Dismissal for Poor Performance: Arizona

Exiting Ineffective Teachers Policy


The state should articulate that ineffective classroom performance is grounds for dismissal and ensure that the process for terminating ineffective teachers is expedient and fair to all parties.

Meets goal in part
Suggested Citation:
National Council on Teacher Quality. (2011). Dismissal for Poor Performance: Arizona results. State Teacher Policy Database. [Data set].
Retrieved from: https://www.nctq.org/yearbook/state/AZ-Dismissal-for-Poor-Performance-10

Analysis of Arizona's policies

Arizona makes "inadequacy of classroom performance" grounds for dismissal. In addition, the state takes steps to differentiate the due process rights of teachers facing dismissal for poor performance leading up to the actual notice of dismissal. However, it seems as though once the dismissal occurs, all teachers undergo the same appeals process, regardless of whether they are being dismissed for poor performance or for other charges commonly associated with license revocation, such as a felony and/or morality violations.

The governing board must provide the teacher with a written "preliminary notice of inadequacy of classroom performance." Within ten days, the teacher begins a 60-day period to correct the inadequacy. If the teacher does not correct deficiencies within this time frame, the board "shall dismiss the teacher either within ten days of the service of a subesequent notice of inadequacy of classroom performance or by the end of the contract year." The teacher facing dismissal may file a written request for a hearing within 10 days of receiving this notice. 

In Arizona, teachers facing dismissal may appeal multiple times. After receiving written notice of dismissal, the teacher has 10 days to file a first appeal. A hearing must occur within 30 days after the request is filed. Once the governing board has made its decision, the teacher has 30 days to file another appeal with the county's superior court. The state does not address the time frame for this appeal, except to articulate that "the proceeding shall be set for hearing at the earliest possible date and shall take precedence over all other cases, except older matters of the same character and matters to which special precedence is otherwise given by law."


Recommendations for Arizona

Specify that classroom ineffectiveness is grounds for dismissal.
Arizona leaves it up to districts to develop definitions of "inadequacy of classroom performance," failing to ensure that teachers who receive a certain number of ineffective evaluation ratings are eligible for dismissal. The state should consider establishing at least some marker for what defines inadequacy in the classroom so that districts do not feel they lack the legal basis for terminating consistently poor performers. Without this specification, Arizona's efforts to improve its evaluation framework (see Goal 3-B) may be undermined.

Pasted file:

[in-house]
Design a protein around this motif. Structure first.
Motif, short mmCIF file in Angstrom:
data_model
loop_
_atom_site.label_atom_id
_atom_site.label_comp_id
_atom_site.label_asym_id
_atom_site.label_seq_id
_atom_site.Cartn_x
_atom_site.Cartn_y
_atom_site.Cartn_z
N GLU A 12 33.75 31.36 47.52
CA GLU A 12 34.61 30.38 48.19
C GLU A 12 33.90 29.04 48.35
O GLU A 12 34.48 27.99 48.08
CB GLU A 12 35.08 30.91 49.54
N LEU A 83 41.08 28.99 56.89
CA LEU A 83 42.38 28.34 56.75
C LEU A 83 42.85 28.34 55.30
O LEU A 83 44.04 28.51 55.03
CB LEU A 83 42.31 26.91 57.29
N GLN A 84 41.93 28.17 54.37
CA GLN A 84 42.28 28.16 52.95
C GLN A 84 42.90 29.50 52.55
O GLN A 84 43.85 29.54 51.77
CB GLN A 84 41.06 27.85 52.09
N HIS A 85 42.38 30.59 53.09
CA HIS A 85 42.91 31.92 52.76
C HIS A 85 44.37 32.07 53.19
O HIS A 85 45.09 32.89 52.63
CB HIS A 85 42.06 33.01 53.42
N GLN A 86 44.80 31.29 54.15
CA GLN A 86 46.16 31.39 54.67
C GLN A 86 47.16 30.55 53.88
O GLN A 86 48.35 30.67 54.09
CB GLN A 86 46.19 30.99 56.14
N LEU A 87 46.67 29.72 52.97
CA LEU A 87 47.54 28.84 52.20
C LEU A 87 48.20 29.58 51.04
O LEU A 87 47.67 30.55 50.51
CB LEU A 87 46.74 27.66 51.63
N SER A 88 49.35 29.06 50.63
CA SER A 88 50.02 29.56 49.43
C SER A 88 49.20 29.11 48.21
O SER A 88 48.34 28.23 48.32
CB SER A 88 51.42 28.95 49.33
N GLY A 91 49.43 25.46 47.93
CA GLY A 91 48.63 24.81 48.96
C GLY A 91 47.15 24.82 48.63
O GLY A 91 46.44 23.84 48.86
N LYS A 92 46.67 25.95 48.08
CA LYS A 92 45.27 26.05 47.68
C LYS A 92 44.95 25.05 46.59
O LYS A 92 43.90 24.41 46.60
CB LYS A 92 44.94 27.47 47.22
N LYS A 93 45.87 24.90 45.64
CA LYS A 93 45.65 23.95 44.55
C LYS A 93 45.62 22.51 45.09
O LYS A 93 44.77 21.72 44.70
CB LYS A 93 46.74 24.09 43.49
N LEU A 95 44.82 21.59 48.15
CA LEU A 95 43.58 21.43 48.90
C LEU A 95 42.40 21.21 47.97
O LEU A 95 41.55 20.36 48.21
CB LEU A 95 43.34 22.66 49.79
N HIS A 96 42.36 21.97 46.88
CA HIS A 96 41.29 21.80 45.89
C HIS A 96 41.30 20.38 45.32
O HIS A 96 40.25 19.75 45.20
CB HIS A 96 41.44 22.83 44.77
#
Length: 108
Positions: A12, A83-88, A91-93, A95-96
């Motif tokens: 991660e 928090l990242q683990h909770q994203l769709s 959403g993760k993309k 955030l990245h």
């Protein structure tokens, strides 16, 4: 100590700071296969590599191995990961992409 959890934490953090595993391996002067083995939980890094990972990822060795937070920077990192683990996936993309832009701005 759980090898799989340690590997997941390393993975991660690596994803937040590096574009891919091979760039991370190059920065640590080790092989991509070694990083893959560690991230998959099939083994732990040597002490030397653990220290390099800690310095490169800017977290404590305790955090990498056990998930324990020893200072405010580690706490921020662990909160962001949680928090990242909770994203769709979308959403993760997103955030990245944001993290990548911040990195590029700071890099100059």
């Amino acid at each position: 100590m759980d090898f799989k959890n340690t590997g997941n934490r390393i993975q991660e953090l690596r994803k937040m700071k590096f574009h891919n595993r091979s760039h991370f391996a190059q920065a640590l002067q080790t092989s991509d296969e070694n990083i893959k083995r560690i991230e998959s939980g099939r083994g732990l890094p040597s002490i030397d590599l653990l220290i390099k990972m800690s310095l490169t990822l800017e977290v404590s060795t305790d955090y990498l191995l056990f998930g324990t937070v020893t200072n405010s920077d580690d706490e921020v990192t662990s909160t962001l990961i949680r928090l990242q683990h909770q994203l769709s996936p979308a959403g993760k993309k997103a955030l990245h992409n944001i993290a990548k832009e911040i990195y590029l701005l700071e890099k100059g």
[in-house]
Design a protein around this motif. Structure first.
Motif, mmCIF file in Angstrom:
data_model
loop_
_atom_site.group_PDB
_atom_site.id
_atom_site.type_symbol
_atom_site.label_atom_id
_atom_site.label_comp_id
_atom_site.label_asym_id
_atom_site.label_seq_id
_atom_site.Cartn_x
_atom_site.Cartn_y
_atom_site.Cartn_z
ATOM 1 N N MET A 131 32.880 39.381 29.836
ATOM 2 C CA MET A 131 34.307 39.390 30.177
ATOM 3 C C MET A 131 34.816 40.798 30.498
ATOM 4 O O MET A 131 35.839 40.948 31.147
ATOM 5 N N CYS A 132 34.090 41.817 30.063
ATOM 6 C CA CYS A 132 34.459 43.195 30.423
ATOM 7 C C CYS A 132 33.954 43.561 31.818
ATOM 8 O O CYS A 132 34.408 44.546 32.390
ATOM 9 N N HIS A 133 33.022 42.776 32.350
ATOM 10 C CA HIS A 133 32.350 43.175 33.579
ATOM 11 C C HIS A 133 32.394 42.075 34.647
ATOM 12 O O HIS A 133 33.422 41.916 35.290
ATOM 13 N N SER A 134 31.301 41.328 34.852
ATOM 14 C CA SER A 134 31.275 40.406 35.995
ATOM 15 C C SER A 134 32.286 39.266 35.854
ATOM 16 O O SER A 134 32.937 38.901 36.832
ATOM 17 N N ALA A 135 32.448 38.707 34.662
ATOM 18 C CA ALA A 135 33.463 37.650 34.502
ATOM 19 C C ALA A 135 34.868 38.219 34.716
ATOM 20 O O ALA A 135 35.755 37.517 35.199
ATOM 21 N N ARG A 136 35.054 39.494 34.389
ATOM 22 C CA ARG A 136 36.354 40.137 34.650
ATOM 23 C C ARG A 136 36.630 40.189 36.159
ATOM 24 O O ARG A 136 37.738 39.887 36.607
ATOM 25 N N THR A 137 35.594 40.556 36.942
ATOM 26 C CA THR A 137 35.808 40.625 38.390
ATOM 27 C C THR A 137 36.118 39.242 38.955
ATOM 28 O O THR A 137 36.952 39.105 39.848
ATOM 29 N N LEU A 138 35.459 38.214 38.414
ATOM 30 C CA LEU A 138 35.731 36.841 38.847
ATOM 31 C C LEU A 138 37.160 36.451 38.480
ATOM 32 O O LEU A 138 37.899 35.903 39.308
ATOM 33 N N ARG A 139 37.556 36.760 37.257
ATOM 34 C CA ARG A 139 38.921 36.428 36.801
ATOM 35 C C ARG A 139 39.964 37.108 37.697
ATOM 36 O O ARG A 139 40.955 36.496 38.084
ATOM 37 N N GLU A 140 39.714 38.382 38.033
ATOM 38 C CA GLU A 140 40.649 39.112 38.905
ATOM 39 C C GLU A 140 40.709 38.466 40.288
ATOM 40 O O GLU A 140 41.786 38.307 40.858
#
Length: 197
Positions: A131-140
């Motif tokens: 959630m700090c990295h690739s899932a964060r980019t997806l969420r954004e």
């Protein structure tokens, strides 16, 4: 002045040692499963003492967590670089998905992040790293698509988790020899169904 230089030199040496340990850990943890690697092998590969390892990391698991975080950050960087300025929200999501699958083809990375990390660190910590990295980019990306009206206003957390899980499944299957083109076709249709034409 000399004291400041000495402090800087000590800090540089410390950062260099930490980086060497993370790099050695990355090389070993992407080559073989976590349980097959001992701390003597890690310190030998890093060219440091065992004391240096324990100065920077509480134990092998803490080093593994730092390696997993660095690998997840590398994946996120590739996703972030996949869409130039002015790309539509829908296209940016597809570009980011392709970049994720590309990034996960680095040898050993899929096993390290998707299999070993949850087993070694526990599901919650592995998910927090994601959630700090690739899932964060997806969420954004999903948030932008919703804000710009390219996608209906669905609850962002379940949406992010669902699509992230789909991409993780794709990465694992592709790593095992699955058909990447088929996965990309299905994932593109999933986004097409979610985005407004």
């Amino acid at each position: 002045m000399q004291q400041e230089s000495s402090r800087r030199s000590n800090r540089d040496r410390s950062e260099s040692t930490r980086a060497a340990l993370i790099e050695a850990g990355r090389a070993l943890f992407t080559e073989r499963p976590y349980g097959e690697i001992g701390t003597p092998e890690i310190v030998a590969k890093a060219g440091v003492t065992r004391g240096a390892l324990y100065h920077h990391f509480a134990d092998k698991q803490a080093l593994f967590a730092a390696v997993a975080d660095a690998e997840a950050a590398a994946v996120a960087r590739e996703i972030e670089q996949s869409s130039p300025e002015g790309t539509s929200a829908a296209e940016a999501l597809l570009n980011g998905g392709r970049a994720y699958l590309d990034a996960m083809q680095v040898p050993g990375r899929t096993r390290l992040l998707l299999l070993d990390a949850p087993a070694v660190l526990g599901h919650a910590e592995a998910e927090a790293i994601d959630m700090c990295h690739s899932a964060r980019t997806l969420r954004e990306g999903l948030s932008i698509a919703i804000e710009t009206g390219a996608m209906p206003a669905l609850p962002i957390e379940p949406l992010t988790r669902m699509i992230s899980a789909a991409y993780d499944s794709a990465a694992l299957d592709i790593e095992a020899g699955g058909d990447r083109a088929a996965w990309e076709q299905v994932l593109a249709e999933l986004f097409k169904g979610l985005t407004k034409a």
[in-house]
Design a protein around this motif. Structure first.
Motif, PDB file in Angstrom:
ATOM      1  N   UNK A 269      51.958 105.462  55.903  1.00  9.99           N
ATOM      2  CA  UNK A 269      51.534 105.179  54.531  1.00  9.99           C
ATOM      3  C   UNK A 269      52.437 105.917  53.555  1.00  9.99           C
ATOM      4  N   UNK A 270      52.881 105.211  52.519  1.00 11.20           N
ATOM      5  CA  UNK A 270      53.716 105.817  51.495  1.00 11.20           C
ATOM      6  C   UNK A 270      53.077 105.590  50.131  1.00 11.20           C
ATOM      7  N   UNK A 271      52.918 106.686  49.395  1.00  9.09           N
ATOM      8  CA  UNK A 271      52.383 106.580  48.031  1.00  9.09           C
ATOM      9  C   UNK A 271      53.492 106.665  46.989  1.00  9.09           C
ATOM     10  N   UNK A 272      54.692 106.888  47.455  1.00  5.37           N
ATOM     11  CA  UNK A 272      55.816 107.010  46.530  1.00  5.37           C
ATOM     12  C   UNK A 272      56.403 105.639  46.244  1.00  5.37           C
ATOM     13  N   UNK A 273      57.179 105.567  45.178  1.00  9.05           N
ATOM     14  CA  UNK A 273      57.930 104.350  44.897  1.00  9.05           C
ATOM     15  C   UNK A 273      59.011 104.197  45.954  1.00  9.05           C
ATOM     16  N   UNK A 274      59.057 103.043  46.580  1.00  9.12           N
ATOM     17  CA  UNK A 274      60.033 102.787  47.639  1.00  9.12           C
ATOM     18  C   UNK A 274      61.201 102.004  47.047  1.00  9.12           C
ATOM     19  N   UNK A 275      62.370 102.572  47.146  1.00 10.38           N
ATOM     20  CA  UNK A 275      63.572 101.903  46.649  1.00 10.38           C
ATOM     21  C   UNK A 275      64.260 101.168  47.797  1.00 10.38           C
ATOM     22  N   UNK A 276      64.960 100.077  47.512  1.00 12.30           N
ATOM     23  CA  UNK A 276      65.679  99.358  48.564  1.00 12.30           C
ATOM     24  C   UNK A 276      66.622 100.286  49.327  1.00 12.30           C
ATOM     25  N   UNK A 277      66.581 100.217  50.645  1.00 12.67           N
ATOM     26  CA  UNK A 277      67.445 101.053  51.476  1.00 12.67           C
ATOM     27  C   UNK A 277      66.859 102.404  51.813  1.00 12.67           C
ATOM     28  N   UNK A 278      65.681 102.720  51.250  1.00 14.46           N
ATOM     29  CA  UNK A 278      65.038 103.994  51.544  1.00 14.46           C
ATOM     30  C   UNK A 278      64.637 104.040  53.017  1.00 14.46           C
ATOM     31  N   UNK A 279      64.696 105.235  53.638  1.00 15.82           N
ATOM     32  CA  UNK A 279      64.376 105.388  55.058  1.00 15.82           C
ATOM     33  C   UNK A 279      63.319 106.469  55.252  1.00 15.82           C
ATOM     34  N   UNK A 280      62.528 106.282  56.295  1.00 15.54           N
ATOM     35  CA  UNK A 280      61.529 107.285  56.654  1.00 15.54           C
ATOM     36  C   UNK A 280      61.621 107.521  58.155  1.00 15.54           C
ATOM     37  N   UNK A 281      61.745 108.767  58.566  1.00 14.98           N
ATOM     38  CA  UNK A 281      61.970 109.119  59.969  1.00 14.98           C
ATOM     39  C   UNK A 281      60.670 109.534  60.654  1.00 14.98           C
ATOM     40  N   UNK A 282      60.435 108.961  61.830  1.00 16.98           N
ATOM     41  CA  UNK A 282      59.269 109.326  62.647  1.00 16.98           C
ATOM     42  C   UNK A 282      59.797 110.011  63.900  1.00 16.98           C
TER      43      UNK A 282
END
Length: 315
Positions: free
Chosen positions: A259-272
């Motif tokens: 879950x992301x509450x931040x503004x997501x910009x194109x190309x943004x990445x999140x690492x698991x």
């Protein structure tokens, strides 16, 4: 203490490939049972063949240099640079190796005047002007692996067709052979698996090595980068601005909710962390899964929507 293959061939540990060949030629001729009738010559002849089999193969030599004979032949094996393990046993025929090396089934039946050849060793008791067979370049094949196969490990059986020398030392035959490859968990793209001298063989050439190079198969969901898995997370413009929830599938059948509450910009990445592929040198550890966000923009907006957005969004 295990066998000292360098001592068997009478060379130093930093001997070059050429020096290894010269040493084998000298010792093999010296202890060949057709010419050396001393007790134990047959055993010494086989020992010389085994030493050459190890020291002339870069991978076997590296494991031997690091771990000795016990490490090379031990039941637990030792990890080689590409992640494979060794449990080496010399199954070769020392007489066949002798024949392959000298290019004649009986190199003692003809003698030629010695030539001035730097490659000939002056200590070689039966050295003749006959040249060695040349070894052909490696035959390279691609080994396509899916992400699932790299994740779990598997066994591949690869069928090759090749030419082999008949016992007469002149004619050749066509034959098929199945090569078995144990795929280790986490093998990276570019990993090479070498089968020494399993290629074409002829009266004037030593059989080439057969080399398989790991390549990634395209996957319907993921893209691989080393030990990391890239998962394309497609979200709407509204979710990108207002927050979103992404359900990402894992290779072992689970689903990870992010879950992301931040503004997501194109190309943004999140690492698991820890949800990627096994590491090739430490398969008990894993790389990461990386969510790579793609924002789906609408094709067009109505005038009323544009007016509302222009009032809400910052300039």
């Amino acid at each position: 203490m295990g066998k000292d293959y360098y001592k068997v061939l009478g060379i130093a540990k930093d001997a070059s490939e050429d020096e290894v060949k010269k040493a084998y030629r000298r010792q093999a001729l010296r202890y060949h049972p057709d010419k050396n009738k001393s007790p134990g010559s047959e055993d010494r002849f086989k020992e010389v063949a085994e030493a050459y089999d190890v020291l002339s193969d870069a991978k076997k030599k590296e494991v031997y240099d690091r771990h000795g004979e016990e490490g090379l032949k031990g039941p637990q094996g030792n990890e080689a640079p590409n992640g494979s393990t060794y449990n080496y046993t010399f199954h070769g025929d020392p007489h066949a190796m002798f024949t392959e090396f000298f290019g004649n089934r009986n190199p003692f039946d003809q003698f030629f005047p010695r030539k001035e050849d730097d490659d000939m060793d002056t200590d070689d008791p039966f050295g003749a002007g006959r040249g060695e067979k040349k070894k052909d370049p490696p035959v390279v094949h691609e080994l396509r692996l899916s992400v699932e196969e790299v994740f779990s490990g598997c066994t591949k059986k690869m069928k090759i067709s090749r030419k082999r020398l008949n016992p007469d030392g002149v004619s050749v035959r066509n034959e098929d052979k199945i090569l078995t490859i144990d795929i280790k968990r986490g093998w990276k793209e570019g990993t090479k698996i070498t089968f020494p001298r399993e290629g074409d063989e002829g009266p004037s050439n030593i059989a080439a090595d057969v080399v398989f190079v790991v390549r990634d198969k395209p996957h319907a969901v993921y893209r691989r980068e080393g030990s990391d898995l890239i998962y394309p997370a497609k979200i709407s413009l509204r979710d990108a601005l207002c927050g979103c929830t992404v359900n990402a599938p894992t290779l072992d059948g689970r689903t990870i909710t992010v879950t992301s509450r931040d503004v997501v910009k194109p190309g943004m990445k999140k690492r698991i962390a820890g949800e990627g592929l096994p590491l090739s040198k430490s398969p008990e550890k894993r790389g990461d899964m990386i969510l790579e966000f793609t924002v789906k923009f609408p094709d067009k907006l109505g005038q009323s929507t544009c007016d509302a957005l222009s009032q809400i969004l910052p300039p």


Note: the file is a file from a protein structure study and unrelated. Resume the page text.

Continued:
Ensure that teachers terminated for poor performance have the opportunity to appeal within a reasonable time frame.
Nonprobationary teachers who are dismissed for any grounds, including ineffectiveness, are entitled to due process. However, cases that drag on for years drain resources from school districts and create a disincentive for districts to attempt to terminate poor performers. Therefore, the state must ensure that the opportunity to appeal occurs only once and only at the district level. It is in the best interest of both the teacher and the district that a conclusion be reached within a reasonable time frame. 

Distinguish the process and accompanying due process rights between dismissal for classroom ineffectiveness and dismissal for morality violations, felonies or dereliction of duty.
While Arizona has taken steps to differentiate due process rights for teachers facing dismissal for poor performance, in effect, the only difference appears to lie in the process leading up to providing a teacher with a dismissal notice. The state's appeals policy seems to still equally apply to all teachers. Nonprobationary teachers should have due process for any termination, but it is important to differentiate between loss of employment and issues with far-reaching consequences that could permanently impact a teacher's right to practice. Arizona should ensure that appeals related to classroom effectiveness are only decided by those with educational expertise.  

State response to our analysis

Arizona had no comment on this goal.

Research rationale

One of the greatest shortcomings of teacher performance appraisals has been school systems' unwillingness and inability to differentiate instructional competency. The New Teacher Project, 2009, "The Widget Effect: Our National Failure to Acknowledge and Act on Differences in Teacher Effectiveness" at http://widgeteffect.org/

See NCTQ, State of the States: Trends and Early Lessons on Teacher Evaluation and Effectiveness Policies (2011) as well as studies by The New Teacher Project of human resource and dismissal policies in various districts at: http://www.tntp.org/.

For information on the high cost of teacher dismissals, see Steve Brill, "The Rubber Room," New Yorker, August 31, 2009 at: http://www.newyorker.com/reporting/2009/08/31/090831fa_fact_brill.
Also, see Scott Reeder, "The Hidden Costs of Tenure: Why are Failing Teachers Getting a Passing Grade?" Small Newspaper Group, 2005 at:http://www.nctq.org/nctq/research/1135269736359.pdf.